WEST ORANGE, NJ - The cold and drizzly weather put a damper on an observance of Earth Hour in West Orange on March 31. The West Orange school system encouraged teachers, and students and parents to assemble at Eagle Rock Reservation and watch as numerous buildings in New York City planned to turn off its lights for one hour beginning at 8:30 p.m.    

Earth Hour is an annual global protest that is meant to advocate action on climate change in which homes, businesses, and offices switch off their lights between 8:30 p.m. and 9:30 p.m. local time, beginning at the International Date Line and continuing westward. The event began with a similar demonstration in Sydney in 2007 and has been held globally on the last Saturday in March every year since then. In 2011, over 5,200 cities in 135 countries switched off their lights in protest against climate change inaction, symbolically saving the energy necessary to power those lights.

"Global warming is the greatest threat facing our planet today," EarthHour.org, the Web site of the events' organizers, says. "A warming planet alters weather patterns, water supplies, seasonal growth for plants and a sustainable way of life for us, and the world’s wildlife. Climate change has already started, but it’s not too late to take action."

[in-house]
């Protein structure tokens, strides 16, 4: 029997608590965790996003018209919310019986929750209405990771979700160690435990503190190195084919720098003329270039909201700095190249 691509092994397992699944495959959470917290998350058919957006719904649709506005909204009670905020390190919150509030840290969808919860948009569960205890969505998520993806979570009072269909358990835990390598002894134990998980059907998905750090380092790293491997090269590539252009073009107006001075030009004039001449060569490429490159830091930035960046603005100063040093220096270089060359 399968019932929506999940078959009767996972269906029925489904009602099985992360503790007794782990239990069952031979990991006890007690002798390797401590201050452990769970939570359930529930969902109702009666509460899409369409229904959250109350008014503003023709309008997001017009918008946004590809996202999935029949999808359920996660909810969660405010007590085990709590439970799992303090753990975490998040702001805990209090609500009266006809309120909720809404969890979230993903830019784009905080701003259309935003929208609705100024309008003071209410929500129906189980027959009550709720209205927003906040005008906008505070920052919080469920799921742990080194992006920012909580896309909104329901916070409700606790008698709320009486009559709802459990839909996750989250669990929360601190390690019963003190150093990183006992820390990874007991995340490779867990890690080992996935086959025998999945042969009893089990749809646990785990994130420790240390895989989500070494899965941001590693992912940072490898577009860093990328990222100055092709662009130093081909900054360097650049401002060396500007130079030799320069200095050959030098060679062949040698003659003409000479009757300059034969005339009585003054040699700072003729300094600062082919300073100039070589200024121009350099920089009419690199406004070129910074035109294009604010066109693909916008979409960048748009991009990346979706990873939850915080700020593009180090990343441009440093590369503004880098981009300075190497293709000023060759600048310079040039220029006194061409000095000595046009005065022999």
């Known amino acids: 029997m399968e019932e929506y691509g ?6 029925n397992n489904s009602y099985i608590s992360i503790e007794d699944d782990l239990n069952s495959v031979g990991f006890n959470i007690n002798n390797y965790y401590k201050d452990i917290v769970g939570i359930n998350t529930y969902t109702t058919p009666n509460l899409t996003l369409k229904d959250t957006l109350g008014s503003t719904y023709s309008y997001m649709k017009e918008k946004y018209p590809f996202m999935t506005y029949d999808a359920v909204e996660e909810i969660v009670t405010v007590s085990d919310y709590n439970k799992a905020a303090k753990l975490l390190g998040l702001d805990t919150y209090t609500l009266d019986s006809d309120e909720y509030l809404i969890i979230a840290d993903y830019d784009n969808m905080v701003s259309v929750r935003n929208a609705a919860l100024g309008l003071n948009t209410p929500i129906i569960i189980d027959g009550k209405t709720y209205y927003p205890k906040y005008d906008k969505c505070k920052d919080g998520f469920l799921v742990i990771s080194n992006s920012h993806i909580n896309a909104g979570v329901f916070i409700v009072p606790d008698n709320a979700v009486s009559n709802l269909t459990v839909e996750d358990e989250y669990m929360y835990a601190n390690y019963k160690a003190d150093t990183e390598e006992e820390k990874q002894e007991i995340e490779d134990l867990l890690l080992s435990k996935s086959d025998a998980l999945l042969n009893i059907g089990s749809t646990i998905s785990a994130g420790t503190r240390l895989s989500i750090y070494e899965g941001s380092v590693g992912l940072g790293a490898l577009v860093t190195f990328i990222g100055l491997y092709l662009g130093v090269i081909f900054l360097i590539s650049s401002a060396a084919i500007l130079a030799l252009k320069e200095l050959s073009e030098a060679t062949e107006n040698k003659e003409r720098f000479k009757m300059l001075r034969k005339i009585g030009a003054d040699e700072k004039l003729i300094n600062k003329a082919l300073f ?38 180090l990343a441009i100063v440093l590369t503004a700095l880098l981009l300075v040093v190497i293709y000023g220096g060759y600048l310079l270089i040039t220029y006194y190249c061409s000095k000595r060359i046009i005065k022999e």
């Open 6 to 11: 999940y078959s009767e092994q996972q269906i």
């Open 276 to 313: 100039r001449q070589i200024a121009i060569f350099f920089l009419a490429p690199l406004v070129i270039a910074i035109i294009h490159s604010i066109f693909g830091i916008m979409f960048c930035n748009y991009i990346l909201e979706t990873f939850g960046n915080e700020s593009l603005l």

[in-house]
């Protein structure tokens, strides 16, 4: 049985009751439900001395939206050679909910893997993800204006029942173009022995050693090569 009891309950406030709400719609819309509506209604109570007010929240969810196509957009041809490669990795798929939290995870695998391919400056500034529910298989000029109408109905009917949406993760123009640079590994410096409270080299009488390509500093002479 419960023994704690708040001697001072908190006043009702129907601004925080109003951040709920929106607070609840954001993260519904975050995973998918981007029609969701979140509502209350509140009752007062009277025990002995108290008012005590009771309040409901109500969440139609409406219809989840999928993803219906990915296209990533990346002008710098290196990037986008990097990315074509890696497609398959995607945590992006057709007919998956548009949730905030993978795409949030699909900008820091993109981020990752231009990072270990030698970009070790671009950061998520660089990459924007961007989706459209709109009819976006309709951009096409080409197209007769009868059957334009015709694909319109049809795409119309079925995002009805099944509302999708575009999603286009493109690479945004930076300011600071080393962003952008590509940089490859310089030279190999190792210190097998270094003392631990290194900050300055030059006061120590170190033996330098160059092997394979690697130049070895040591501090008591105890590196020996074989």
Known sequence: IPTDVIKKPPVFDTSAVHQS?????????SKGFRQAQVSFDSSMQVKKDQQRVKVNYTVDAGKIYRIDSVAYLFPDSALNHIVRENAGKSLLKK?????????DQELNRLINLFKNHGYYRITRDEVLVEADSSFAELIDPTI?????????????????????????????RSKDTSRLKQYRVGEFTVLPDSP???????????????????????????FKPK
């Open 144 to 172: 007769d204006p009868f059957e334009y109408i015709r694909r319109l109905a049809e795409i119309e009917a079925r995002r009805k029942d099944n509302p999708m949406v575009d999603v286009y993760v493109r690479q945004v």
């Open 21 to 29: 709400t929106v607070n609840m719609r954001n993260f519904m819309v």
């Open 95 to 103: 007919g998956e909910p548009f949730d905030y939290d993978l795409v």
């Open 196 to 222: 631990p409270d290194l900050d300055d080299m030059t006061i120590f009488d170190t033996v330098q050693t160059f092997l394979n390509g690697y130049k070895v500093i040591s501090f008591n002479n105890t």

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The Essex County Sheriff's office was on duty at Eagle Rock Reservation for Earth Hour, expecting approximately a thousand people. Only about a dozen people, however, were at the September 11 memorial at the overlook to see the lights of the Manhattan skyline go dark. Those who were there could see lights going out all over New York, including much of the Empire State Building, though its red beacon remained on. The effect lost some of its drama, however, given the limited visibility caused by the weather. The lights of the buildings under construction at the World Trade Center site remained on.

West Orange Councilman Joe Krakoviak, his wife Clare, and their sons, Paul and Thomas, were among the few who did brave the chilly night, and the councilman took notice of the lights going out one by one. 

"Look, there's another light going out!" he said to his sons as he pointed them out. "And another!" 

The irony of the Earth Hour protest was that essential lighting, exempted from demonstrations, became more visible. Clare Silvestri Krakoviak said she couldn't help but notice how traffic signals in areas visible from Eagle Rock stood out against the darkness caused by the protest.